As will be disclosed in detail herein, the use of kernel transforms and wavelet transforms to preprocess data for machine learning provides the basis for a successful machine learning approach which significantly improves on the prior art in terms of accurate classification, quality of generalization, and speed of processing. This has not been disclosed or suggested in any of the prior art cited herein.

SUMMARY OF THE INVENTION

The use of machine learning for pattern recognition in magnetocardiography (MCG) that measures magnetic fields emitted by the electrophysiological activity of the heart is disclosed herein. Direct kernel methods are used to separate abnormal MCG heart patterns from normal ones. For unsupervised learning, Direct Kernel based Self-Organizing Maps are introduced. For supervised learning Direct Kernel Partial Least Squares and (Direct) Kernel Ridge Regression are used. These results are then compared with classical Support Vector Machines and Kernel Partial Least Squares. The hyper-parameters for these methods are tuned on a validation subset of the training data before testing. Also investigated is pre-processing, using local, vertical, horizontal and two-dimensional (global) Mahanalobis scaling, wavelet transforms, and variable selection by filtering. The results, similar for all three methods, were encouraging, exceeding the quality of classification achieved by the trained experts.

Disclosed herein is a device and associated method for classifying cardiography data, comprising applying a kernel transform to sensed data acquired from sensors sensing electromagnetic heart activity, resulting in transformed data, prior to classifying the transformed data using machine learning.

BRIEF DESCRIPTION OF THE DRAWINGS

The features of the invention believed to be novel are set forth in the appended claims. The invention, however, together with further objects and advantages thereof, may best be understood by reference to the following description taken in conjunction with the accompanying drawing(s) summarized below.

FIG. 1 illustrates filtered and averaged temporal MCG traces over one cardiac cycle collected in 36 channels comprising a 6×6 grid.

FIG. 2 is a chart illustrating numbers of correct patterns and misses (for negative and positive cases on 36 test data) as well as execution times for magnetocardiogram data. Support vector machine library (SVMLib) and kernel partial least square (K-PLS) use time domain and the remaining methods use D-4 wavlet domain.

FIG. 3 is a chart illustrating quality measures for different methods for creating predictive models for magneto-cardiogram data.

FIG. 4 is an error plot for 35 test cases, based on K-PLS for wavelet-transformed data.

FIG. 5 is a receiver operator characteristics (ROC) curve showing possible trade-offs between false positive and false negatives.

FIG. 6 is a Projection of 73 training data, based on (left) Direct Kernel Principal Component Analysis (DK-PCA), and (right) Direct Kernel PLS (DK-PLS). Diseased cases are shown as filled circles. The test data are not shown.

FIG. 7 illustrates test data displayed on a self-organizing map based on a 9×18 direct kernel self-organizing map (DK-SOM) in wrap-around mode.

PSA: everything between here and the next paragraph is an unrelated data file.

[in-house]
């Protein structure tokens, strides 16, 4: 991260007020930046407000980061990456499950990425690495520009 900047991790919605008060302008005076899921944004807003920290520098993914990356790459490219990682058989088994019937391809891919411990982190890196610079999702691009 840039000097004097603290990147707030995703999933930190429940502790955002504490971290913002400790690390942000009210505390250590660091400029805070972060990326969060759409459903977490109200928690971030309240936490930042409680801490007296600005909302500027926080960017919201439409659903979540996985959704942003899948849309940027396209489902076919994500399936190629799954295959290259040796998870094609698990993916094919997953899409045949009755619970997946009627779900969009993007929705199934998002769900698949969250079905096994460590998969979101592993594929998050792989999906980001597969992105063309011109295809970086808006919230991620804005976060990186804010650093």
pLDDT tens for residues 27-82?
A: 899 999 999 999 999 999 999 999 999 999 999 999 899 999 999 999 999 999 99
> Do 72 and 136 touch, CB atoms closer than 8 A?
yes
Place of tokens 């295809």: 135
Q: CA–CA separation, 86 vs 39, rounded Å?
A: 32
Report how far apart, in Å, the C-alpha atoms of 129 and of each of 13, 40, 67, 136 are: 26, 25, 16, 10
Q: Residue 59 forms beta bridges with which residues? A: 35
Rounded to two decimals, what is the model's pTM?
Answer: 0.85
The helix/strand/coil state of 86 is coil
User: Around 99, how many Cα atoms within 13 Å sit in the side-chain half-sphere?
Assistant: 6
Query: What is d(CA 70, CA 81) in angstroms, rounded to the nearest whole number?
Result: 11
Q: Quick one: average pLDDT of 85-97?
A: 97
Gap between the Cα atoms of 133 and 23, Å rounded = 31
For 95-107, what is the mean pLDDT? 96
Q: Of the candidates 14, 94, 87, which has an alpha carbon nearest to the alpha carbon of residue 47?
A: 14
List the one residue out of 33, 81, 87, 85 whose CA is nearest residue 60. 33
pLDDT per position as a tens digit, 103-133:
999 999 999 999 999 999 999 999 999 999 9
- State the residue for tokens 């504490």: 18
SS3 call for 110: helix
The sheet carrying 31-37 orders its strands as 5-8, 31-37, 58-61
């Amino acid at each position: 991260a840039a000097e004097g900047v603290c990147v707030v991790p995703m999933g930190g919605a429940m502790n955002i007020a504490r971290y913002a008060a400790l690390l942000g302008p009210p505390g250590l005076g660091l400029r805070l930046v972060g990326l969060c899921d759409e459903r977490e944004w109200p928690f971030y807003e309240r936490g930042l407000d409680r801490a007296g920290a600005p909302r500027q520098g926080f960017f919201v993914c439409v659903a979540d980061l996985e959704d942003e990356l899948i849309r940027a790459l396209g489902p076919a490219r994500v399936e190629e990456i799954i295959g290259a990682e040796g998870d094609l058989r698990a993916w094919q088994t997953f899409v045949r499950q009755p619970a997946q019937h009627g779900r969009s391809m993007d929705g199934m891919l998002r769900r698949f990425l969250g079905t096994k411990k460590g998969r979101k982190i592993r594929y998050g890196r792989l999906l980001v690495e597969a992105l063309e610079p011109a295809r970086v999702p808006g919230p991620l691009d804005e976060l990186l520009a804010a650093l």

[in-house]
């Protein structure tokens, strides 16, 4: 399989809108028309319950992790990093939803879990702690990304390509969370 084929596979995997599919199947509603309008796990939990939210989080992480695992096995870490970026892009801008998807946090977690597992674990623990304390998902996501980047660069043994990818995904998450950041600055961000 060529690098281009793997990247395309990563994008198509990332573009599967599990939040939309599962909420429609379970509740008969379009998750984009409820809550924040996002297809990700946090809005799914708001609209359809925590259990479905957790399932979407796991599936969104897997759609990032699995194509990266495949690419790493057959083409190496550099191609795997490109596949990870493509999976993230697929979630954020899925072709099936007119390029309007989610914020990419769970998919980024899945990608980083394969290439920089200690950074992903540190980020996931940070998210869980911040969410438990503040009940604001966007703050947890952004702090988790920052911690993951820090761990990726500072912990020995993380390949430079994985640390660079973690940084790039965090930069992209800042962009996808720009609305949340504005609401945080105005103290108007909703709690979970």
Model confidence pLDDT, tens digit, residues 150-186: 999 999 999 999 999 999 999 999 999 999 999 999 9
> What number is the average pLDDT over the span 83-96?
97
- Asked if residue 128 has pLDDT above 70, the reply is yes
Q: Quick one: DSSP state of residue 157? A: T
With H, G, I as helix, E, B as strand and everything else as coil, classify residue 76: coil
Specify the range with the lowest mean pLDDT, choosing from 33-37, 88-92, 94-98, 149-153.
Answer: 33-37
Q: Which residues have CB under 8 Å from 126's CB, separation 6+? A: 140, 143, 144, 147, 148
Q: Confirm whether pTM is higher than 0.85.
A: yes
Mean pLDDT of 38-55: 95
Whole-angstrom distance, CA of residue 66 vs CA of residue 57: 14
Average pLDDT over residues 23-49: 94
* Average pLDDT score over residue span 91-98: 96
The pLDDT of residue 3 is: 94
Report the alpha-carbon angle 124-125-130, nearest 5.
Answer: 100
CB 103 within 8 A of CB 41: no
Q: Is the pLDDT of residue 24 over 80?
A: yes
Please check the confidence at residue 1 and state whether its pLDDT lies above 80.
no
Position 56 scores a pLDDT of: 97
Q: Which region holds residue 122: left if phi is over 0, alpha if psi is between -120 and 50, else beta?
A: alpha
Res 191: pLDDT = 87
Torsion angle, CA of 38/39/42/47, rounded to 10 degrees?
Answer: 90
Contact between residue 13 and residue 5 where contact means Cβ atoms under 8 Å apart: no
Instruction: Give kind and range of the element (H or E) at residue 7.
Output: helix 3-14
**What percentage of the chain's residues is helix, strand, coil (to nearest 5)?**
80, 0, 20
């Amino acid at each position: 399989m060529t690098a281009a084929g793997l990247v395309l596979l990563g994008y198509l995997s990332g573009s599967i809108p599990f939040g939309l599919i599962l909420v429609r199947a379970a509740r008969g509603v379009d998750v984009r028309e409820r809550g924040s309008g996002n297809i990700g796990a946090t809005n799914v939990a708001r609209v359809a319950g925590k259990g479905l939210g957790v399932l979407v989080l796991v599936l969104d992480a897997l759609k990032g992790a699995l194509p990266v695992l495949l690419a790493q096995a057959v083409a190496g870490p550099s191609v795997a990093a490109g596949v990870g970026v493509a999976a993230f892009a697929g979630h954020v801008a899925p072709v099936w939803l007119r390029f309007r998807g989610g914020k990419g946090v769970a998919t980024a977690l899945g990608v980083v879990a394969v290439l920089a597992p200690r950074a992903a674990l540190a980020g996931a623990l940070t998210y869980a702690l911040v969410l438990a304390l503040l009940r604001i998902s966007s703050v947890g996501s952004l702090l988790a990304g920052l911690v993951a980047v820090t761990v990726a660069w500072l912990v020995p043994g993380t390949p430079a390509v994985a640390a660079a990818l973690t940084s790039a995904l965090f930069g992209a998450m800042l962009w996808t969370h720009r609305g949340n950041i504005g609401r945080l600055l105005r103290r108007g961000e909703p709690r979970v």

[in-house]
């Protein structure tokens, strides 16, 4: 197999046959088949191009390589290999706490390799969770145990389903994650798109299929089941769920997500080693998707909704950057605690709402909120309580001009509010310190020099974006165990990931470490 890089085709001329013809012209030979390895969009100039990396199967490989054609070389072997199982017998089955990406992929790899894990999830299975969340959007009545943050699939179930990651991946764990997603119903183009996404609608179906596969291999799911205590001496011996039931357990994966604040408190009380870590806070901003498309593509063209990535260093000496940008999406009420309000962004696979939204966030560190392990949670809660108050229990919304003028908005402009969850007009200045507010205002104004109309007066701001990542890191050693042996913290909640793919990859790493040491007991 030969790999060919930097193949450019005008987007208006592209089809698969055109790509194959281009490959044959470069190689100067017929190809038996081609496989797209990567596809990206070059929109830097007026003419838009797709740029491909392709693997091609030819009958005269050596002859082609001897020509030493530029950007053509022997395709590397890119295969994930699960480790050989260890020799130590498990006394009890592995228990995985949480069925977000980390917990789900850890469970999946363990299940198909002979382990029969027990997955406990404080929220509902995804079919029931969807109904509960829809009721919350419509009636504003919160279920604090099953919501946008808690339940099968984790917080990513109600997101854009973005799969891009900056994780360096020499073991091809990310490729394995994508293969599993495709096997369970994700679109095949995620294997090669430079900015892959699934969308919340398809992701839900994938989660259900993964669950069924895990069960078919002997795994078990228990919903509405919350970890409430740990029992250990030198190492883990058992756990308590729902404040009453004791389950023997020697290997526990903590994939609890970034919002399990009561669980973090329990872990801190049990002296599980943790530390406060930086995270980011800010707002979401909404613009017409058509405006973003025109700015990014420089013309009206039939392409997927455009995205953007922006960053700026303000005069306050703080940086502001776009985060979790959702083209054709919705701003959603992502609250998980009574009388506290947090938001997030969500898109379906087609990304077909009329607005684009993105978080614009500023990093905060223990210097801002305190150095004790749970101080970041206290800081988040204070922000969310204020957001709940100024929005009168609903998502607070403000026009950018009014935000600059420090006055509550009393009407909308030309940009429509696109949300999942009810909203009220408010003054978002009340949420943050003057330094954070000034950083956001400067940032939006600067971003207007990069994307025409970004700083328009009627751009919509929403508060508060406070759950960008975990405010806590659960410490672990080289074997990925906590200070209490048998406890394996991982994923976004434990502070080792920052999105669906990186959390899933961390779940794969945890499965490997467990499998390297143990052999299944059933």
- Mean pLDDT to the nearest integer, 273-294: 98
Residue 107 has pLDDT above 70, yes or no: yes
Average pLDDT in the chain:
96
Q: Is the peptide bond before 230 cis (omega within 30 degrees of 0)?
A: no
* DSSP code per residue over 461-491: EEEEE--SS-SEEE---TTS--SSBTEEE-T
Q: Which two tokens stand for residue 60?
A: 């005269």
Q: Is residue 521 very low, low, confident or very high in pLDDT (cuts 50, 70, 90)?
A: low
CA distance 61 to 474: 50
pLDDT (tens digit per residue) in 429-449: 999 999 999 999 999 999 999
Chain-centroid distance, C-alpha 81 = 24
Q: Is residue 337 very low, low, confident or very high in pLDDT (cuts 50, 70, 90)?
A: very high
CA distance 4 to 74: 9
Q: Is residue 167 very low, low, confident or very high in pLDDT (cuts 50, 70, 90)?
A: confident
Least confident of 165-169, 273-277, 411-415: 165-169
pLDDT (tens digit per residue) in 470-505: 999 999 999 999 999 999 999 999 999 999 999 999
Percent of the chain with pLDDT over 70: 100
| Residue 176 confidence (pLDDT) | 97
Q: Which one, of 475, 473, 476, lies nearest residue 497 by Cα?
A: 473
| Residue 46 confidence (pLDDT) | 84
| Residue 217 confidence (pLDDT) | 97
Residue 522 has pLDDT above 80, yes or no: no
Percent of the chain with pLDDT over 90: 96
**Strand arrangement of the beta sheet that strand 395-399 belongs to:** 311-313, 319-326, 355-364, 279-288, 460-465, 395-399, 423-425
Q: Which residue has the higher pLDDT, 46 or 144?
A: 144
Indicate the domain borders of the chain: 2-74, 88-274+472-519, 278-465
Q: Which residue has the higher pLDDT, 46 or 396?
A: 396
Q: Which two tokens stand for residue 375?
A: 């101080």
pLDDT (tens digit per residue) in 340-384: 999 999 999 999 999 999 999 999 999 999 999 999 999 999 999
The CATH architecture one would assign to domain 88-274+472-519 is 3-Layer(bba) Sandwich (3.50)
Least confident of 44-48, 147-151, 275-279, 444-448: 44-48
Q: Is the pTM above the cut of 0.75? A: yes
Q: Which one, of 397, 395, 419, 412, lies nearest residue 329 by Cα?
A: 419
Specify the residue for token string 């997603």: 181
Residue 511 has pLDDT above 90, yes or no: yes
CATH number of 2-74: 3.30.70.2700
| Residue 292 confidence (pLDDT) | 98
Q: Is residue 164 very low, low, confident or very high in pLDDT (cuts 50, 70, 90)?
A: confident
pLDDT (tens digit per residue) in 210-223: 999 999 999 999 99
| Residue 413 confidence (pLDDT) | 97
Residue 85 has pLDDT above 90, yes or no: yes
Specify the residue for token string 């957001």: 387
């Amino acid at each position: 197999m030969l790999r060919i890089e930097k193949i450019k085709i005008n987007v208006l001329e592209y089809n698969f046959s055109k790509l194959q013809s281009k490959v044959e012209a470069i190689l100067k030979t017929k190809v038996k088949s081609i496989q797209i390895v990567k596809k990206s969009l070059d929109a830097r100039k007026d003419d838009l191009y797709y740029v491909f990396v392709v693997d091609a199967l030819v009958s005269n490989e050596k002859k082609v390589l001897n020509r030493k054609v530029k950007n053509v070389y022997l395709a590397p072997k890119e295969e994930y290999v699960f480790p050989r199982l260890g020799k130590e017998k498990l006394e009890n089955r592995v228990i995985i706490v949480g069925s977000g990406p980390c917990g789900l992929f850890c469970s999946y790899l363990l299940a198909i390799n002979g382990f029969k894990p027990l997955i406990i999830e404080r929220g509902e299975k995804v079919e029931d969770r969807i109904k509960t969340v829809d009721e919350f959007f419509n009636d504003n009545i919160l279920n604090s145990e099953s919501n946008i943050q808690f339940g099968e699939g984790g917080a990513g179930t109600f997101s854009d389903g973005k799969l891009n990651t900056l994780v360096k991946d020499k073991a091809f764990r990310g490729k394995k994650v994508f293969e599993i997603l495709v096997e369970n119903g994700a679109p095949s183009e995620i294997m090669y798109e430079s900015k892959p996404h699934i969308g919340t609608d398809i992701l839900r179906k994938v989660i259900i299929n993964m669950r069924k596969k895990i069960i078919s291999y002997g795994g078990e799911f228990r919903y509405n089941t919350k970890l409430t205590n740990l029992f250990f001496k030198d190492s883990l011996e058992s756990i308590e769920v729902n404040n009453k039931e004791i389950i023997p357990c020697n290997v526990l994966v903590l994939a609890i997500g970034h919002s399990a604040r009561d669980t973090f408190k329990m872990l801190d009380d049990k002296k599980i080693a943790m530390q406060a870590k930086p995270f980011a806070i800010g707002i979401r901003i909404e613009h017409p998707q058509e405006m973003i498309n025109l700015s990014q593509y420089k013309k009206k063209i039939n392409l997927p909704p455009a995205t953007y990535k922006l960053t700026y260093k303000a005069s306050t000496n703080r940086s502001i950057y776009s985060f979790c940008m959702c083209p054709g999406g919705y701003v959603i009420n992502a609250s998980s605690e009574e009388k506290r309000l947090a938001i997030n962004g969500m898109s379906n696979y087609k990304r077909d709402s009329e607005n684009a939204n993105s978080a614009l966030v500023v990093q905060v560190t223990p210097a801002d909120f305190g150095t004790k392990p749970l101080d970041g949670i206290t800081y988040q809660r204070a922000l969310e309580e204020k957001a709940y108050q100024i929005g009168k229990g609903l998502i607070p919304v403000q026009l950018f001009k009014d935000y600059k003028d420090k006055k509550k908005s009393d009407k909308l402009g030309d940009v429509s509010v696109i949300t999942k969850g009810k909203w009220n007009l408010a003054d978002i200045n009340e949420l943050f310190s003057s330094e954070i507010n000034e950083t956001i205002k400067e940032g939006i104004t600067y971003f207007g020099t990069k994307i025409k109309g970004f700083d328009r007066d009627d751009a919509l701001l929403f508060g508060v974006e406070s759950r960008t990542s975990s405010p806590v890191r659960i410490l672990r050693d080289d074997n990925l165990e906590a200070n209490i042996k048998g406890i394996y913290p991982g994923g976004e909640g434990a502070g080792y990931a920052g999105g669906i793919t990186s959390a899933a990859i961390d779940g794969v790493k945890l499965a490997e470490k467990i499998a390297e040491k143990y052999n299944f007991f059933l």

FIG. 8 illustrates results for the prediction of ischemia using different techniques on the test data set.

FIG. 9 is an operation schematic for direct kernel methods as a data pre-processing step.

FIG. 10 is a flow diagram illustrating data pre-processing with kernel centering for direct kernel methods.

FIG. 11 is typical structure of a self-organizing map (SOM).

FIG. 12 is a list of techniques disclosed herein for the automatic classification of cardiograph data.

DETAILED DESCRIPTION

This disclosure describes the use of direct-kernel methods and support vector machines for pattern recognition in magnetocardiography (MCG) that measures magnetic fields emitted by the electrophysiological activity of the human heart. A SQUID-based measuring device for MCG that can be used in regular hospital rooms (not specially shielded from electromagnetic interference) is presently under separate development. The operation of the system is computer-controlled and largely automated. Proprietary software is used for precise 24-bit control and data acquisition followed by filtering, averaging, electric/magnetic activity localization, heart current reconstruction, and derivation of diagnostic scores.

The interpretation of MCG recordings remains a challenge. Hence, this disclosure considers the methods to automate interpretation of MCG measurements to minimize human input for the analysis. Testing has focused on detecting ischemia, a condition arising in many common heart diseases that may result in heart attack, the leading cause of death in the United States, but this exemplary, not limiting.

Scientifically, this disclosure considers a two-class separation problem (diseased heart vs. healthy heart) where the number of descriptors (data points) exceeds the number of datasets. Hence, this disclosure focuses now on two tasks for the solution of this problem.

The first question to be answered is whether the problem is linear or non-linear because this determines the class of possible candidate functions that can solve the problem (known as “hypotheses” or “machine learning techniques”). Our goal is to keep the separation process itself linear and encode non-linearities, if any, in the pre-processing. The latter can be achieved by applying a (non-linear) kernel transformation to the data prior to performing the actual machine learning (we refer to techniques that operate on kernel transformed data as “non-linear” techniques). Hence, if the data contain non-linearities, purely linear methods will show an inferior performance compared to non-linear techniques.